I've always wanted to own a small, personal and well curated collection of art. I've also always wanted a pied-a-terre in the 6th Arrondissement in which to house it. As I get (a little) older, I'm willing to admit my Paris apartment might not happen but am not willing to give up on that art collection.
When I learned one of my favorite neighborhood spots, The Drawing Room Boutique & Cafe was opening an art gallery I was very excited. Since its opening a year ago, I've spent a lot of time "escaping" to the Drawing Room, browsing, planning and dreaming about that collection.
When owners Kenleigh and Mike Larock decided expand their business to include a gallery they knew who to call: Kenleigh's sister Cameron Schmitz.
An accomplished artist herself, Schmitz has a passion for art and artists equaled only by her humility. She's approachable, honest and knowledgeable. When I asked how she wished The Drawing Room Gallery to be viewed by the community, she's quick to point out that the gallery’s mission, (similar to the boutique's) is to create a warm and welcoming destination for people to find refuge, creative inspiration and a sense of community.
Ever the opportunist, I was thrilled when Schmitz was willing to let me pick her brain about the ins & outs of art collecting, especially for beginners. As it turns out, knowing a lot about art isn't a prerequisite. Knowing and trusting yourself is.
What types of things are you doing to make the Gallery open and welcome?
I can't tell you how many art galleries I've walked into where the gallery assistant barely acknowledges my presence and makes me want to do a complete 180 right out the door. We want to create the opposite experience. We want our space to feel warm, cheerful and inviting, and to encourage visitors to slow down from their hurried pace of life, and wander and linger from the boutique, to the gallery to the café, as if facilitating their own personal journey.
When a visitor walks through our doors, we treat them like they are a guest in our own home. Creating relationships is the most important element of all. We want every guest to feel comfortable asking questions and to feel they've left with something meaningful and lasting- whether that be a small gift, artwork for their own home, or knowledge and a deeper understanding about art and artists.
How do you choose the theme for the regular exhibitions at the Gallery?
Some themes, like our upcoming Drawing Show, are exhibits that I've had in the back of my mind for a long time. Sometimes the themes of our exhibitions are dictated by the artists who are making artwork worthy of note. I have a long list of artists whose work I have followed for many years and am constantly sourcing artwork and reviewing incoming gallery submissions on an ongoing basis.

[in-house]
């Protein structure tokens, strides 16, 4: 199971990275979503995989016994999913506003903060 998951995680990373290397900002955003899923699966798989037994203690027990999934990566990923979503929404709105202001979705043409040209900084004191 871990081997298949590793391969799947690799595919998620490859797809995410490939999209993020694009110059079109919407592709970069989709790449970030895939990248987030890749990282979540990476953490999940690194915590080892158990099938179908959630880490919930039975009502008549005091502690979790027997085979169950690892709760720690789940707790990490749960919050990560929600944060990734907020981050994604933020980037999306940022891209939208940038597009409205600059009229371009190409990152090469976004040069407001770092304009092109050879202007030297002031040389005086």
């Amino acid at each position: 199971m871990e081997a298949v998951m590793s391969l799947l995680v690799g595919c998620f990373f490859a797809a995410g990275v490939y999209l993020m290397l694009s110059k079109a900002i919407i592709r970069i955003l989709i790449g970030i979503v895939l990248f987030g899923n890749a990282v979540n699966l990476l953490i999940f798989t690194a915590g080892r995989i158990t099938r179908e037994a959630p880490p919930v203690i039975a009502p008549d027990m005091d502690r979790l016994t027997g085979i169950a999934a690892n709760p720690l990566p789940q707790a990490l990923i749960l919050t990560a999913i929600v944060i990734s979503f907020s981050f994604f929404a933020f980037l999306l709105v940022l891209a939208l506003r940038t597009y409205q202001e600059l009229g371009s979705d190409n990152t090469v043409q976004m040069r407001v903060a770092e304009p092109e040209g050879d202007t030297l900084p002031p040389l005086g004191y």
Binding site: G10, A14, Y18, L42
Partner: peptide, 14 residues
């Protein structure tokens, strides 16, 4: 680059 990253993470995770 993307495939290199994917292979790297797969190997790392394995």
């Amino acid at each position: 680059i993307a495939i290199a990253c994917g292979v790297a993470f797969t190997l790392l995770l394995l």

Part of the process is also listening to the feedback that we receive from visitors and customers. While it’s important to me that we promote both traditional and contemporary approaches to art making, including challenging works it’s equally important that the artwork that we exhibit strikes a chord with our audience. We balance making calculated risks while being cognizant of the fact that we are still a business. If the artwork is not received well and is not selling, we aren't supporting our artists, the gallery, nor our community effectively.
When someone who is considering their first purchase of original art what type of guidance do you offer?
We want to get to the heart of what they're looking for and guide them in the right direction. The challenge with visual art is that it’s a visual language, and sometimes people can't fully articulate what they are actually looking for…often they can only clearly articulate what they don’t want. So we ask a lot of questions to reach a better understanding of their personal aesthetic, interests and style. We also have to make sure that we understand their budget, so when sourcing artwork for them, we present artwork that is accessible and comfortable on a financial level. We want to make sure that it’s a positive experience that they feel comfortable and excited about, not nervous and anxious.
One unique aspect that complements this process is The Drawing Room’s Interior Design Services. When people redesign or decorate a space in their home, our design team holds their hand along the way and helps them envision different options in their home. Through this process, the gallery works one-on-one with our design clients and presents artwork to them in their home. This can make the process of purchasing artwork much less nerve-wracking because the client can actually see the artwork in a particular space, as opposed to struggling to visualize what it might look like with their fingers crossed.
Not everyone’s a visual person, so it’s our job to help him or her visualize how a new work of art can positively impact a space.
What missteps do budding, first-time buyers often make?